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Georgia Ports Authority has sights set on bigger berths to fit bigger ships

GEORGIA Ports Authority has unveiled its ambitious big berth/big ship programme which aims for the port of Savannah to simultaneously handle six 14,000-TEU vessels by 2024

Georgia Ports Authority has sights set on bigger berths to fit bigger ships

GEORGIA Ports Authority has unveiled its ambitious big berth/big ship programme which aims for the port of Savannah to simultaneously handle six 14,000-TEU vessels by 2024

14 February 2019 - 19:00

GEORGIA Ports Authority has unveiled its ambitious big berth/big ship programme which aims for the port of Savannah to simultaneously handle six 14,000-TEU vessels by 2024.

'No other single container terminal in North America has the ability to expand berth capacity at this rate,' executive director Griff Lynch was quoted as saying during the Georgia Foreign Trade Conference.



Currently, Savannah's Garden City Terminal is equipped to handle two of these vessels and by April of this year that number will increase to three, reported American Shipper.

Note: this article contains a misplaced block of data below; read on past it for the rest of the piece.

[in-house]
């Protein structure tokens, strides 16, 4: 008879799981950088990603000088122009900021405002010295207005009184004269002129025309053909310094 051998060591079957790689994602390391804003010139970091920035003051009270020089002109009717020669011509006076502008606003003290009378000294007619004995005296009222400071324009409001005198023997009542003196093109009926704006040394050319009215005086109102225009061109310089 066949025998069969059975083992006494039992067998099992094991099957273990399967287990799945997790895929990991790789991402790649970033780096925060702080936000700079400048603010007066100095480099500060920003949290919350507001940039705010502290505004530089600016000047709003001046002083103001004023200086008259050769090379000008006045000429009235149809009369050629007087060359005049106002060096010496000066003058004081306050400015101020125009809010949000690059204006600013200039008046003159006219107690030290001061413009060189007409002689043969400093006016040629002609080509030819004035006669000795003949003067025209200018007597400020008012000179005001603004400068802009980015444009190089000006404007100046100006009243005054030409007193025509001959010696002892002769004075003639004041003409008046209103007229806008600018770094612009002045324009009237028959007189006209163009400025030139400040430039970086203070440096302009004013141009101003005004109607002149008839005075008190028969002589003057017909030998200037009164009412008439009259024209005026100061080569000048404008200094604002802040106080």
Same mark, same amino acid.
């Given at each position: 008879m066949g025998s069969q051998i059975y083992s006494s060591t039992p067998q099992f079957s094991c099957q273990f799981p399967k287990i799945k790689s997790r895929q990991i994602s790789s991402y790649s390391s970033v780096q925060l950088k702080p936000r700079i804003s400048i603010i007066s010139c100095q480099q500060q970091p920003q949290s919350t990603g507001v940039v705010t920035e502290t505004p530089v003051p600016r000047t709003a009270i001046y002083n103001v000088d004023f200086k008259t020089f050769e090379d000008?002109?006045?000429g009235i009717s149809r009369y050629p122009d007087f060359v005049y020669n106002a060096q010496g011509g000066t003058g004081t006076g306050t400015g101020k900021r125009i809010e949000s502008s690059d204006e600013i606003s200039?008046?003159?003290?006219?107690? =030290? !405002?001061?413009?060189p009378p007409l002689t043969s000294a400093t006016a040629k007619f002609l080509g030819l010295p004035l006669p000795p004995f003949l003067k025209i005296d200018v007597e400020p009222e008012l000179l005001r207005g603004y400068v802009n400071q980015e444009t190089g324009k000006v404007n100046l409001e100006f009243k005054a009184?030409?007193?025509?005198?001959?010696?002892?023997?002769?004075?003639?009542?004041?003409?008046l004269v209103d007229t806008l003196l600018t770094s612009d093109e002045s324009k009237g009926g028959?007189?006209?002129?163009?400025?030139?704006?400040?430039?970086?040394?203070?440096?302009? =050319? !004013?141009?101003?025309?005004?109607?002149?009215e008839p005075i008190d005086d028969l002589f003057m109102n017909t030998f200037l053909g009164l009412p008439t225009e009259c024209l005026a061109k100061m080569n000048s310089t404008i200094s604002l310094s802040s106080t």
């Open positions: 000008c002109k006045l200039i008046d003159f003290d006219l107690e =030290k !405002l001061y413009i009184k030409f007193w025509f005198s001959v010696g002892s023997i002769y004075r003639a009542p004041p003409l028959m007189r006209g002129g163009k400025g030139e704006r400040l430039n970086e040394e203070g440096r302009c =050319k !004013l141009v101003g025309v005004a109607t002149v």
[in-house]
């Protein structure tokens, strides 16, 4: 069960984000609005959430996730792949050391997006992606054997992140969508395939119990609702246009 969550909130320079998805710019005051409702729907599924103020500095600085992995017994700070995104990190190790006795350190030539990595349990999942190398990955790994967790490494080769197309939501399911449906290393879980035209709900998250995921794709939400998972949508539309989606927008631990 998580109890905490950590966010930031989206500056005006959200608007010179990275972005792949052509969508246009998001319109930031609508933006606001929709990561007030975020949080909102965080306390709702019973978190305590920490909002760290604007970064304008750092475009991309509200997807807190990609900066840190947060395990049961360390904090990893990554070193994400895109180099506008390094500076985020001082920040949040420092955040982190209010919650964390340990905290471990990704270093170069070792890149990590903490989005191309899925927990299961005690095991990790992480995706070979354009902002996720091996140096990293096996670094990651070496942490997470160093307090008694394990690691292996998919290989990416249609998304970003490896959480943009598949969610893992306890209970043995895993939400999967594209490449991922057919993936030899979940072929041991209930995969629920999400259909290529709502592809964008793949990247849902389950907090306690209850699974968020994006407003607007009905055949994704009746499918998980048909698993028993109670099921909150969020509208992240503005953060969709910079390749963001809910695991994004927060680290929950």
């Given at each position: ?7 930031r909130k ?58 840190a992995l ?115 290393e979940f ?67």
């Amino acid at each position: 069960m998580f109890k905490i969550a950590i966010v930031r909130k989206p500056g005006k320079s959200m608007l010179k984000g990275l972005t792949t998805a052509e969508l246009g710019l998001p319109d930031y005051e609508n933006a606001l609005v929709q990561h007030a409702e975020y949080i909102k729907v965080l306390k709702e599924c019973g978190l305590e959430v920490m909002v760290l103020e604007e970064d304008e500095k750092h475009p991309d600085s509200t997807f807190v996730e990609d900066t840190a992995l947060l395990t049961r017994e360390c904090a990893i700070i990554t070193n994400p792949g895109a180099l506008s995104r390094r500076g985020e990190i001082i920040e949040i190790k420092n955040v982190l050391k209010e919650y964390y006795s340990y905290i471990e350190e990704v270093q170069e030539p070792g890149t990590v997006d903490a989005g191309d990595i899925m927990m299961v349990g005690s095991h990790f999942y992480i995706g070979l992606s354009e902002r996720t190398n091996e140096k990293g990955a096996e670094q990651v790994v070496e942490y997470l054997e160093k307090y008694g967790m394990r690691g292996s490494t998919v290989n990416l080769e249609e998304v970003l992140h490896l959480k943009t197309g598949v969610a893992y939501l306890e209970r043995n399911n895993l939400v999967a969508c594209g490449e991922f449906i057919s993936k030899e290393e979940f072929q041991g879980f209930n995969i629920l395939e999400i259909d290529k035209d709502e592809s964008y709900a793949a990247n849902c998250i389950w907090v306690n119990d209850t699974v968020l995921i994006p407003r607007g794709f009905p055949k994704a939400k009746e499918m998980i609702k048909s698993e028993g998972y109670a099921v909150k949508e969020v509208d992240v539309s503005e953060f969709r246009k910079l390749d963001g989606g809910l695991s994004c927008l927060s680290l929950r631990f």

GPA chairman Jimmy Allgood said: 'GPA's big berth/big ship programme will ensure Georgia stays ahead of demand and ahead of the competition.'



Over the next five years, the GPA plans to add another 21 neo-panamax ship-to-shore cranes, replacing 14 of its older models to bring the total fleet to 37. Dock upgrades already are under way to support the new, larger machines.



In addition to the ship-to-shore cranes GPA is adding a dozen new rubber-tyred gantry cranes thay will bring the number of Garden City Terminal's container-handling cranes to 158. Ten RTGs will be commissioned in July and another two in September.



Phase one of the Mason mega rail project will be finished in October. Full completion a year later will double the port of Savannah's rail lift capacity to one million containers per year. In late 2021, the Savannah harbour expansion project is slated for completion, delivering the deeper water necessary to better accommodate the larger vessels now calling on the US east coast.



'These advancements are necessary to handle tremendous customer demand at our terminals,' Mr Lynch noted.


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